For months now, travel across the Canada-U.S. border has been limited to essential trips, meaning the Travel Niagara-Buffalo Board and Buffalo’s business and tourism community have had to refocus their operations as Torontonians and southern Ontarians remain north of the border.
Even this weekend, droves of Toronto’s NFL fans would have been driving down to Buffalo to catch the Bills game at Ralph Wilson stadium if it weren’t for the pandemic.
Mary Roberts, the executive director of Frank Lloyd Wright’s Martin House, says she expected 2020 to be a banner year, but now she’s simply happy to have 25 per cent of what normal traffic would have been. The Martin House has been under restoration for 20 years, finished landscaping last year, and installed a public art initiative and exhibit that opened this June. Like Toronto attractions, they’ve had to adapt and are now offering virtual tours and recently introduced small private tours.
Tourism is the mainstay of Buffalo, New York and is fuelled by more than three million Canadians visiting retailers, restaurants, and popular attractions the city offers annually. A popular destination for catching sports games and deals south of the border, many industries in the city are supported by visitors — especially from Toronto.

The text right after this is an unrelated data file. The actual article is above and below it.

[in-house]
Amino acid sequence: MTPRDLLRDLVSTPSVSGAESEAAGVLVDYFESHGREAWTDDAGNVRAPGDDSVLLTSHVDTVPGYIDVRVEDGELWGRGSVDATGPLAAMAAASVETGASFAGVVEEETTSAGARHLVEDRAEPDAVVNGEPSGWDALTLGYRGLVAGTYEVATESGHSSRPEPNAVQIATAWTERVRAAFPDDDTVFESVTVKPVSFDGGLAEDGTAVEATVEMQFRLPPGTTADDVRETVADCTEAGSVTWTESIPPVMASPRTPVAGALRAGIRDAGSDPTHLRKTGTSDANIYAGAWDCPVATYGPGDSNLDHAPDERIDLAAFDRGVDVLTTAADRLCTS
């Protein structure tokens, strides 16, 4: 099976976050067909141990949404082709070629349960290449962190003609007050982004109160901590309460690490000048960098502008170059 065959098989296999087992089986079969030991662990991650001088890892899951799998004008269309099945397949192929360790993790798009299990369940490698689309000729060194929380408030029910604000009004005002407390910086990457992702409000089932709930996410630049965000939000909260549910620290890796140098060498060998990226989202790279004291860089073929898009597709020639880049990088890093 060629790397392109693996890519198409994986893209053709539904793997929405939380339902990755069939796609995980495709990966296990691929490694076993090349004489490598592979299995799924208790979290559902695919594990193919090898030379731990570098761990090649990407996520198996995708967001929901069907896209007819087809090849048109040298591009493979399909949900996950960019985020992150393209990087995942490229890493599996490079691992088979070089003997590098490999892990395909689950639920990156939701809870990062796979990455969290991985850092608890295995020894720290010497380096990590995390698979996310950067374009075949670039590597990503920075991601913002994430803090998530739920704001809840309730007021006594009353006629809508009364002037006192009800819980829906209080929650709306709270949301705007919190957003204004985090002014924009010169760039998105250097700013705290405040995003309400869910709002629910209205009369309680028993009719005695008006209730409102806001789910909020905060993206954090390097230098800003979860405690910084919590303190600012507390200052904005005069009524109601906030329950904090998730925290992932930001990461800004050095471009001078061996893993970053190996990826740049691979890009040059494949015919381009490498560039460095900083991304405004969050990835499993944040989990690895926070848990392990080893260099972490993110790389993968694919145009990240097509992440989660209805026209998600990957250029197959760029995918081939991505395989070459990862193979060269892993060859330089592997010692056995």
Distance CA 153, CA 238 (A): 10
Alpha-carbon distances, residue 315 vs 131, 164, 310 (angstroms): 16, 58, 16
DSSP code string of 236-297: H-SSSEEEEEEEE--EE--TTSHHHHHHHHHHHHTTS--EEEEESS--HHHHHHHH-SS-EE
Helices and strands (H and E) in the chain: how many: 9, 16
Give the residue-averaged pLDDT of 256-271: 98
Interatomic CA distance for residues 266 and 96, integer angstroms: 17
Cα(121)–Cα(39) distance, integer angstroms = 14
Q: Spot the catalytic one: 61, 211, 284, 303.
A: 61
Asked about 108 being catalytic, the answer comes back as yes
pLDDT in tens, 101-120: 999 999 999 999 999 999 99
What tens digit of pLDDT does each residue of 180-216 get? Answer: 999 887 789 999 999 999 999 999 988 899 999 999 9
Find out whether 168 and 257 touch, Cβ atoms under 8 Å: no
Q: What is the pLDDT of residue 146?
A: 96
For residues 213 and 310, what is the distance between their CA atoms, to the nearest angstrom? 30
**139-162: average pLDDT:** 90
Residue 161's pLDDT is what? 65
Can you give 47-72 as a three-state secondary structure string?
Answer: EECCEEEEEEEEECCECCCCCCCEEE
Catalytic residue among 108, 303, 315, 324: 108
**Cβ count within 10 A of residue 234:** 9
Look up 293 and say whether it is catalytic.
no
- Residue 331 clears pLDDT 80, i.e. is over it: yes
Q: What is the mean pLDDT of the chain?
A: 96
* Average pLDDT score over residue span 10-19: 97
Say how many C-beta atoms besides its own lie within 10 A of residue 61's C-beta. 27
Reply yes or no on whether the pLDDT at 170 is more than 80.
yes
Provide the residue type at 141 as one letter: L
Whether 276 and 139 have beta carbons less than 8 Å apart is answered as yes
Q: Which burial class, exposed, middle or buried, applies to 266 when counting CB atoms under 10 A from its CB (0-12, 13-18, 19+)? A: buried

The City of Buffalo also caters to the annual visitor traffic. Over the last 10 years, significant investments have been made to revitalize the city’s brand including the redevelopment of its waterfront that now serves as a local and tourist attraction. In recent years, the city has had a burgeoning restaurant and brewery scene that caters to photo-seeking tourists.
Patrick Kaler, president and CEO of Visit Niagara, describes Buffalo as a destination that has seen hard times but is resilient to the challenges. Kaler expressed that right now, the focus is still on safety and this needs to be prioritized for both visitors and local businesses.
Kaler and Roberts are both optimistic that the tourist numbers will gradually rise and slowly return to 2019 numbers. In the meantime, Kaler says, “The concern is how to keep Buffalo on the forefront of people’s minds.”
Kaler also expressed concern about who among the business community will be able to remain afloat.
Canadian tourists are deeply missed right now, says Kaler, stressing the importance of the Canadian market to Buffalo’s tourism industry. Buffalo is certainly looking forward to welcoming Canadians back when it is safe to do so.